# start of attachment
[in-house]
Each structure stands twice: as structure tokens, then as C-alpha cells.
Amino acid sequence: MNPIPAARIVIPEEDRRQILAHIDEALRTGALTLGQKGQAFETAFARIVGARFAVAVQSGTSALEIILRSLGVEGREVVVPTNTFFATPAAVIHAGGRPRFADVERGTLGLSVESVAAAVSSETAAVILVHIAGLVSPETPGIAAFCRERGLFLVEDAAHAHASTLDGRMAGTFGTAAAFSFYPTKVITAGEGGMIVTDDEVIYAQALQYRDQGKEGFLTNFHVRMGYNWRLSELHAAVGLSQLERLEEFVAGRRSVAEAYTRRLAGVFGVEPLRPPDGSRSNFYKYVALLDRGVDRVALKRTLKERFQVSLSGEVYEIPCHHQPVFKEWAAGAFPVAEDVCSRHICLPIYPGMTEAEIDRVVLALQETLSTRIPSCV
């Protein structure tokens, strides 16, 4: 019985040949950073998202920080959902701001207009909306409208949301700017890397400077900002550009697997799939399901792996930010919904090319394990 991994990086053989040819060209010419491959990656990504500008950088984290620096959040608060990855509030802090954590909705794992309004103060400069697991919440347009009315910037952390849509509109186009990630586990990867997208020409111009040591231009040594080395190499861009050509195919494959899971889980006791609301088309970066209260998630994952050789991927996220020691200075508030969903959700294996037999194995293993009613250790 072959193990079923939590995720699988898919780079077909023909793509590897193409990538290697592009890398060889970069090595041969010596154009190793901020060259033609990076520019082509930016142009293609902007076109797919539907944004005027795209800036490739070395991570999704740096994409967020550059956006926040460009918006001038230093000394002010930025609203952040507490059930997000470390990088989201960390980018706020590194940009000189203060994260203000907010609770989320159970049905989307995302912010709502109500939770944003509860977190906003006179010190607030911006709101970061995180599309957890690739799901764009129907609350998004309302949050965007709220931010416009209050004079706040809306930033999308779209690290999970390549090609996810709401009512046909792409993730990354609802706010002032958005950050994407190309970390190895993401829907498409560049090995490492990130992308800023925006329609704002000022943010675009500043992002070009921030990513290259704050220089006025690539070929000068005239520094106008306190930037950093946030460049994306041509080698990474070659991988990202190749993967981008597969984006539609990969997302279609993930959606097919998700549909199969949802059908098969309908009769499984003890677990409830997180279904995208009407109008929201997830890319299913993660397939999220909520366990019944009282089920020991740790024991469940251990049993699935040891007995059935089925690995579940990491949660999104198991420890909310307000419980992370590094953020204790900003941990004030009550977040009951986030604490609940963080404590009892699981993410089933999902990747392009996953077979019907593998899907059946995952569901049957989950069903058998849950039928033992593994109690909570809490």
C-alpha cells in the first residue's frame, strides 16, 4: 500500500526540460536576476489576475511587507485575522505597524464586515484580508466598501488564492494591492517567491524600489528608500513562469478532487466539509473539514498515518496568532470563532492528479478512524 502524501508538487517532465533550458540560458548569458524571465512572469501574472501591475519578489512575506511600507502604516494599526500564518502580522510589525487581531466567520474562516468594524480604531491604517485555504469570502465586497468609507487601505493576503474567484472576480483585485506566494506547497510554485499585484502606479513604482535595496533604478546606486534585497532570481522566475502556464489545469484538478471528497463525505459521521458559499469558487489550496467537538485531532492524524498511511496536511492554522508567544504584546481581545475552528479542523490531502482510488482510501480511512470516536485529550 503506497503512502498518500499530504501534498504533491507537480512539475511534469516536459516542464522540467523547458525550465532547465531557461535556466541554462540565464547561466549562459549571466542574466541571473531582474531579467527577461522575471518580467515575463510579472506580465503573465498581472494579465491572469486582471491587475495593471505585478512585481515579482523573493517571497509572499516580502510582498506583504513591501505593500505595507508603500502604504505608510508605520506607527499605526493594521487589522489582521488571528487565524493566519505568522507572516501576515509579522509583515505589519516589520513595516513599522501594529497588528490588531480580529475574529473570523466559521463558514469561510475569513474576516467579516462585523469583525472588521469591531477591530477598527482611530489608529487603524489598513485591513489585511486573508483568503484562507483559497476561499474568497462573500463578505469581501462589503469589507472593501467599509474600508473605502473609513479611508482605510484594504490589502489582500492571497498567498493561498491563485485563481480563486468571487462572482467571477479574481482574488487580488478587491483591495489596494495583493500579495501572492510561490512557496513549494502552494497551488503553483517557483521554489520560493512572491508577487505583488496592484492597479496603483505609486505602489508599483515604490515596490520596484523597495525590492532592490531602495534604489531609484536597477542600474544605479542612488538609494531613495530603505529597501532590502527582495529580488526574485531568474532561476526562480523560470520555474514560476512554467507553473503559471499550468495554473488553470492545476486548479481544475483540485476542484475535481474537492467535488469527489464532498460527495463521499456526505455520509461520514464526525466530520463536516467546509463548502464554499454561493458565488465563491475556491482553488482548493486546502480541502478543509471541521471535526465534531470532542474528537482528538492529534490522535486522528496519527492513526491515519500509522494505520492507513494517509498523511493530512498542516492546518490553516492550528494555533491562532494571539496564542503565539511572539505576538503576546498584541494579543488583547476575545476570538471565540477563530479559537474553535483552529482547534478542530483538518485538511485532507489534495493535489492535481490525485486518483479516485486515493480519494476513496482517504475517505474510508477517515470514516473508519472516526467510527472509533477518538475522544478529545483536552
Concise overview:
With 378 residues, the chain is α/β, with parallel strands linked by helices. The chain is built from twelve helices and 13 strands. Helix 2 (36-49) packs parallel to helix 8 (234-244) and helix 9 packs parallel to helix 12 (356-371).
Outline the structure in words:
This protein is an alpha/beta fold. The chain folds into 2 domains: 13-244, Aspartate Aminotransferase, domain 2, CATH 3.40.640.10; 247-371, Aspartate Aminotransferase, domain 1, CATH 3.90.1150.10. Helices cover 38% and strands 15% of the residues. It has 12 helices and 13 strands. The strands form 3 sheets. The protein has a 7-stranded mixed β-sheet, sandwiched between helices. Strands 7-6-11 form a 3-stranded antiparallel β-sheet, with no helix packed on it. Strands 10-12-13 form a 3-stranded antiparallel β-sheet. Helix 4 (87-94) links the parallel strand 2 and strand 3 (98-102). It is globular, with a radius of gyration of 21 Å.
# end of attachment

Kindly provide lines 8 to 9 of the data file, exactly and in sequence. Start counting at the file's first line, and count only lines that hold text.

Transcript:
Outline the structure in words:
This protein is an alpha/beta fold. The chain folds into 2 domains: 13-244, Aspartate Aminotransferase, domain 2, CATH 3.40.640.10; 247-371, Aspartate Aminotransferase, domain 1, CATH 3.90.1150.10. Helices cover 38% and strands 15% of the residues. It has 12 helices and 13 strands. The strands form 3 sheets. The protein has a 7-stranded mixed β-sheet, sandwiched between helices. Strands 7-6-11 form a 3-stranded antiparallel β-sheet, with no helix packed on it. Strands 10-12-13 form a 3-stranded antiparallel β-sheet. Helix 4 (87-94) links the parallel strand 2 and strand 3 (98-102). It is globular, with a radius of gyration of 21 Å.